In his fiery message and proclamation in the City of Athens of the message of Christ the Rabbi Paul who stood by while Stephen was stoned was indeed quoting pagan author’s as if he they were second nature to him. The man called Saul of Tarsus was in my view a Hellenized Jew than he is given credit for being. True, he was a man totally devoted himself to the Torah but he also at some point in his early education he was introduced  to the Greek mind and mythology and it’s many branches of philosophy and it’s teachers. The home town of Saul was a Hellenized city. Saul could not have escaped it’s historical impact on the Jewish population in Tarsus. Saul could not have escaped the Hellenization of the Jewish people even if he tried and it seemed to be he really didn’t try to hard to not notice his fellow Hellenized Jews. The influence was there and the man knew his Greek language and audience and probably wrote in good and understandable Greek as well. He could not have escaped the Greek culture about his life in that city of Tarsus. If Gamaliel was the strict teacher of the Law then he did indeed influence the Apostle to the Gentiles before his conversion on that fateful road to Damascus. Both influenced the Apostle Paul for a future missionary and author of Scripture and salvation that is still felt today by his missionary travels. But who was this Gamaliel?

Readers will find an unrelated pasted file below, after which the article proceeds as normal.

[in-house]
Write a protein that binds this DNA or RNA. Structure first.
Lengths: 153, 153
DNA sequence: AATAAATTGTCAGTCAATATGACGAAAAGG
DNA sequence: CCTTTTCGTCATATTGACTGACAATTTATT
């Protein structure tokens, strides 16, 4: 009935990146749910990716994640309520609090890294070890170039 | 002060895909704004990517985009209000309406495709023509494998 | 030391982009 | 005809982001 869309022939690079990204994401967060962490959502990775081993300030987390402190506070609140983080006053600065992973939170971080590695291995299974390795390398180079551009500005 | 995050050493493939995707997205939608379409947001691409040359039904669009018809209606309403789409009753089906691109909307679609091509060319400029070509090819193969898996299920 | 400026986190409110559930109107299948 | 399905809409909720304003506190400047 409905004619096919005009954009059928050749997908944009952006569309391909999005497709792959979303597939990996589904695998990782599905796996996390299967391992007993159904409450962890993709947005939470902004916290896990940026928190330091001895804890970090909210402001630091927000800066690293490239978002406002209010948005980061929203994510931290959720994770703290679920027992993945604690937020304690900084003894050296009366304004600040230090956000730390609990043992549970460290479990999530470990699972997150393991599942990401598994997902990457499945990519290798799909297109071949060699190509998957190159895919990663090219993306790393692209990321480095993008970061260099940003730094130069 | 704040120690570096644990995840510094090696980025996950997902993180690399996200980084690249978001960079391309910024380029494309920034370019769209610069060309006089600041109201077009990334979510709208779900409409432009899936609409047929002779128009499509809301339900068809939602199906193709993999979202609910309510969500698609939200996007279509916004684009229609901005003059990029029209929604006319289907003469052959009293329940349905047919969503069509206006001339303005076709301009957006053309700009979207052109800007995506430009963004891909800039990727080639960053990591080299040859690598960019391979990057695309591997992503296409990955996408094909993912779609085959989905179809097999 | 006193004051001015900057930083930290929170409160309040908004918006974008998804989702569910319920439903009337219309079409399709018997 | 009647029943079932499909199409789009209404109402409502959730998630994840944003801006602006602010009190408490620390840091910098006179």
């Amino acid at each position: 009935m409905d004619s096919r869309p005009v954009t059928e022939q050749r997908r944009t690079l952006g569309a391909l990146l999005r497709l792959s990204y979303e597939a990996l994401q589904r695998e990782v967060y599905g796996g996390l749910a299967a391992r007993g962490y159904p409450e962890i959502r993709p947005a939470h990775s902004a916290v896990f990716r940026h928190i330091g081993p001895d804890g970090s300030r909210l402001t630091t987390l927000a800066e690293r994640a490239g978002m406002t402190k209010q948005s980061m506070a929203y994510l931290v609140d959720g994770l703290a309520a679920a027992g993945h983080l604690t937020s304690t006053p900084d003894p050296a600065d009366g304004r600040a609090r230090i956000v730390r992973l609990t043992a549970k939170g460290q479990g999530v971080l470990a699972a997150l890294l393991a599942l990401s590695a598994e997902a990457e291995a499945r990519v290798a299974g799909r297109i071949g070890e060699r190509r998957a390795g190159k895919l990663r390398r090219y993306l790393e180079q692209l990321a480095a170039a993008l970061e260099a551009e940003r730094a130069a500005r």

A brief aside via Jewish and Christian tradition. The man called Saul was quite possibly Gamaliel’s greatest student and defender of the Law; until grace knocked him off his horse as he viewed Damascus in the horizon. Who was this great Jewish sage and teacher Gamaliel? In the Jewish tradition of the man who influenced Paul? In the Talmud, he is portrayed as bearing the titles of Nasi and Rabban or our Master, as the president of the Great Sanhedrin in Jerusalem; it is disputed by some scholar’s that he ever held a senior title in the highest court in the Jewish world of defending the Torah in Jerusalem. Gamaliel has been thought of as one of the greatest teachers in all the annals of Judaism by the authority of the Mishnah. Other bits of information on this teacher of the then young Saul of Tarsus? Gamaliel’s authority on the important questions of religious law was suggested in the Michnaic brief notes in which ‘the king and queen’ ask for his advice about Jewish rituals. Who where these king and queen? The generally opinion is that it was either King Herod Agrippa I and his wife Cypros or King Herod Agrippa II and his sister Berenice. In classical rabbinical literature it is always contrasted with the school of Hillel to that of Shammai and only shows the gathering opinions of each of these opposing schools of Jewish thought on the Torah and Scripture over-all without mentioning the personal nuances and thoughts of those in involved in the debates and opinions of the rabbis. Oddly enough, these texts do not show that Gamaliel as being knowledgeable about the Torah or Scripture over-all let alone a teacher of Torah. This is the reason that Gamaliel is not shown as being part of the long chain of leadership of individuals who continued the Mishnaic tradition; the list simply mentions from Hillel to Johanan ben Zakkai. However, the Mishnah does mention Gamaliel’s writings of a few legal ordinances on the top of the Jewish community’s welfare and conjugal rights. Gamaliel defended from the Torah that the Law did protect women during divorce, that for the purpose of a woman remarrying that only one witness to the death of the first husband was needed for the woman to remarry. The Mishnah also has a single quote of his on religious scruples, “Obtain a teacher for yourself, keep yourself (on religious questions) far from doubt, and only infrequently give a tithe using general valuation.” Sounds like good advise. There are other various pieces of classical rabbinic literature that mentions Gamaliel that he sent out three letters/epistles, (Maybe where the Apostle Paul got the idea?). The epistles were sent out as notifications of new religious rulings, and they show Gamaliel in leadership of the Jewish leadership in Jerusalem for religious Torah observers; two went to the Jews of Galilee and the ‘Darom’ (Southern Judea), the third epistle went to the Jews of the Diaspora. What of the Christian tradition concerning this Jewish teacher of the Law and of the Apostle Paul? The Luke’s work, “Acts Of The Apostles” he introduces Gamaliel as a Pharisee and a well-known and respected defender of the Torah in the Book of Acts 5:34-40. The larger drama, (Acts 5:17-42), The Apostle Peter and the other apostles are described as being arrested for preaching Jesus and brought before the Sanhedrin and the elders of the people for the apostles reaching of the Gospel of Jesus Christ after they were prohibited and warned to cease from doing. They didn’t stop and were arrested, (Acts 5:27-33). The Scripture account shows Gamaliel as coming forward and arguing against killing the apostles as they didn’t like what the Apostle Peter told them, he then reminded them of the not so long ago history of Theudas and Judas of Galilee and their failed attempts to over-throw the Romans from the land and of their fate, (Acts 5:34-37). Gamaliel stood up and spoke, “And now I sat unto you, Refrain from these men, and let them alone; for if this counsel or this work be of men, it will come to nought: But if it be of God, ye cannot overthrow it; lest haply ye be found even to fight against God.” (Acts 5:38-39).